The problem regarding animal welfare has been presented for several years and transversal in several countries, regardless of their level of development, which is why the need has arisen to create guide documents to solve this question. Currently, livestock production at industrial level is the area that generates the greatest concern with respect to animal welfare in the world because billions of animals are produced in intensive, confined systems, growing at extremely fast rates, and reaching physical limits to obtain the highest possible productivity [55].

The five animal freedoms are globally accepted, these have been the initial bases of the animal welfare concept, however, they have evidenced certain problems mentioned above, due to this, the proposal for the valorization of the animal welfare of the Welfare Quality® project was developed [56,57]. This protocol designed to be applied in the European Union maintains the bases of the five freedoms, but with some modifications based on answering the following questions: Are the animals fed correctly, are the animals properly housed, are the animals in an adequate state of health, does the behavior of the animals reflect an adequate emotional state, are the animals in an adequate state of health, are the animals in an adequate state of health and does the behavior of the animals reflect an adequate emotional state? These questions are the starting point to evaluate animal welfare in production plants during all stages of production [58,59].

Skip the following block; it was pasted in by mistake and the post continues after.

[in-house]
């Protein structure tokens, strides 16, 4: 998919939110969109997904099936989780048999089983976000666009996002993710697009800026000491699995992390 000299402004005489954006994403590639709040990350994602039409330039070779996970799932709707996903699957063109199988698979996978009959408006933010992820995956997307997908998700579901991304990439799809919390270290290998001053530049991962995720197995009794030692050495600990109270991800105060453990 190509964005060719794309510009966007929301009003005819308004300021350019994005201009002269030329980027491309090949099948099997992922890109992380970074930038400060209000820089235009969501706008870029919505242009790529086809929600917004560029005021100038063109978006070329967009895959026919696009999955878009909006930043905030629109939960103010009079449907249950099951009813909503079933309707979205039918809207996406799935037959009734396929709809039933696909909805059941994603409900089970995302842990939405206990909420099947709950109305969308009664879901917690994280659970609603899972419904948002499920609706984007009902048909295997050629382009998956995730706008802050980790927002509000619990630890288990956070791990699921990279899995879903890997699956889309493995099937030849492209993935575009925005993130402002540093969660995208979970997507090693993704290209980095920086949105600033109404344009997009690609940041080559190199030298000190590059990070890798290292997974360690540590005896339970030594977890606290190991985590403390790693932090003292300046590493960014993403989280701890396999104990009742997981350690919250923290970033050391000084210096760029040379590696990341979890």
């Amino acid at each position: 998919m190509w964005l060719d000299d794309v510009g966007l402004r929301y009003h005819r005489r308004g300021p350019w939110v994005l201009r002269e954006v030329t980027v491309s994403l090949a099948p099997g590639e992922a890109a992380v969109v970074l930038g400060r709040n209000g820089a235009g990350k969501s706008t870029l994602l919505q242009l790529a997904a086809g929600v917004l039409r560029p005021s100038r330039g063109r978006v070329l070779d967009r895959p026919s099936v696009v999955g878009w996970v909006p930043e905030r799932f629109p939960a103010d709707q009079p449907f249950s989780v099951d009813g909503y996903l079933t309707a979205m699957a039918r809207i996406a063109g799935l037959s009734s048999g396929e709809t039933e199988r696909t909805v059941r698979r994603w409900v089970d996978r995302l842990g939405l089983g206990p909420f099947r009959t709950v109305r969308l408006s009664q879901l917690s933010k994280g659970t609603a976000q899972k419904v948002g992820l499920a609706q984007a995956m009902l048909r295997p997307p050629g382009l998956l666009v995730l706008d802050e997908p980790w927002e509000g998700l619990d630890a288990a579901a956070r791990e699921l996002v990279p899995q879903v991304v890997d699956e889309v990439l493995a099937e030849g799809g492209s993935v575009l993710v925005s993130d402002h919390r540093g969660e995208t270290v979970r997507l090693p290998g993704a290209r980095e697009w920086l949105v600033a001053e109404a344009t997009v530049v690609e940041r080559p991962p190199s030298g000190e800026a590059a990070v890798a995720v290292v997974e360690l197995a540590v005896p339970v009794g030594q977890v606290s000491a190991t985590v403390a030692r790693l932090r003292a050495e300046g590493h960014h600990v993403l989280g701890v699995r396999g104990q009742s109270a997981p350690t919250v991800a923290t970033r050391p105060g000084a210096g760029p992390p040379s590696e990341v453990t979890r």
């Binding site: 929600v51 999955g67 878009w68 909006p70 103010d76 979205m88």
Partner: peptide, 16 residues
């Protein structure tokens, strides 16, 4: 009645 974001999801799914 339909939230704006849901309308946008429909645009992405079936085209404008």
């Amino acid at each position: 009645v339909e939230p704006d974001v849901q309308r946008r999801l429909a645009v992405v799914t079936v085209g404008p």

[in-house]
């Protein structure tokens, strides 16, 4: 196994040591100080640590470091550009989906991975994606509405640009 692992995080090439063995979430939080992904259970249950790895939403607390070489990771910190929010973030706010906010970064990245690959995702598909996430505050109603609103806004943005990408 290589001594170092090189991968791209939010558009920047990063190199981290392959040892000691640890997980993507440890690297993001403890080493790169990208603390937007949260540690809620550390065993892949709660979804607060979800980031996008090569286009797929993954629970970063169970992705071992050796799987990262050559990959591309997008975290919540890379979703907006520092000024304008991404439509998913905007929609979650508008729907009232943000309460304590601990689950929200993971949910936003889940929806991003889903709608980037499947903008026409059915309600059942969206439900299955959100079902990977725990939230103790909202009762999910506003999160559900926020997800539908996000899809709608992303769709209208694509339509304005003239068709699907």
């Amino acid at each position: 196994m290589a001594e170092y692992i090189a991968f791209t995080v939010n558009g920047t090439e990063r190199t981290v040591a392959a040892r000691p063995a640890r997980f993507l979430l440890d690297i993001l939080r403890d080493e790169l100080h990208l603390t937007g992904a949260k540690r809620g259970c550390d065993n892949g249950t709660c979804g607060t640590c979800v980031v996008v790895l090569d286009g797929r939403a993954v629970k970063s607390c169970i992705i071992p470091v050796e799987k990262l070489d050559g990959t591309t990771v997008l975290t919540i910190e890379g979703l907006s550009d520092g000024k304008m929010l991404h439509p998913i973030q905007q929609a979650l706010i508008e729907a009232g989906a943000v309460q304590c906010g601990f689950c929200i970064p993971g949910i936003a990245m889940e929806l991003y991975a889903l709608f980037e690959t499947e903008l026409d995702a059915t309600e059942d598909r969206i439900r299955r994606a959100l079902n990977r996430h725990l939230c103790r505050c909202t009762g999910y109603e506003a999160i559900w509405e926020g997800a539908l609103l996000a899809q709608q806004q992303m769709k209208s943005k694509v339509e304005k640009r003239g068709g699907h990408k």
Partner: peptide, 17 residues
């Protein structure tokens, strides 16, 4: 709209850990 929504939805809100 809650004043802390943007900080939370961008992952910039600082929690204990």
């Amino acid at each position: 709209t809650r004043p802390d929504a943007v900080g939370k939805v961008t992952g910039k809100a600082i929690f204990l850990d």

The frequency of vocalizations during herding, fasting time and density during transport stands out as behavioral and management parameters that reflect stress in cattle, while post stunning, the presence of vocalizations and corneal reflex alter animal welfare.

Law 20.380 protects animals during production, addressing commerce, confinement, transport, and slaughter stages, making it clear that existing regulations are not enough, and that greater education and oversight are needed for the benefit of animal welfare.


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Article Type

Review Article

Publication history

Received Date: December 24, 2021
Published: December 31, 2021

Address for correspondence

Reinaldo Letelier, Departamento de Patología y Medicina Preventiva, Facultad de Ciencias Veterinarias, Universidad de Concepción, Chile


©2021 Open Access Journal of Biomedical Science, All rights reserved. No part of this content may be reproduced or transmitted in any form or by any means as per the standard guidelines of fair use. Open Access Journal of Biomedical Science is licensed under a Creative Commons Attribution 4.0 International License

How to cite this article

Letelier R, González F, Rojas L, Bruna P, Gädicke P. Factors Related to Animal Welfare in the Commercialization of Bovine Livestock According to the Chilean Legislation: A Review. 2021- 3(6) OAJBS.ID.000370.

Author Info

Reinaldo Letelier1*, Fernando Gonzalez2, Luis Rojas3, Paulina Bruna4 and Paula Gädicke1

1Departamento de Patología y Medicina Preventiva, Facultad de Ciencias Veterinarias, Universidad de Concepción, Chile
2Departamento de Ciencia Animal, Facultad de Ciencias Veterinarias, Universidad de Concepción. Chile
3Departamento de Patología y Medicina Preventiva, Facultad de Ciencias Veterinarias, Universidad de Concepción, Chile
4Postgrado, Facultad de Ciencias Veterinarias, Universidad de Concepción, Chile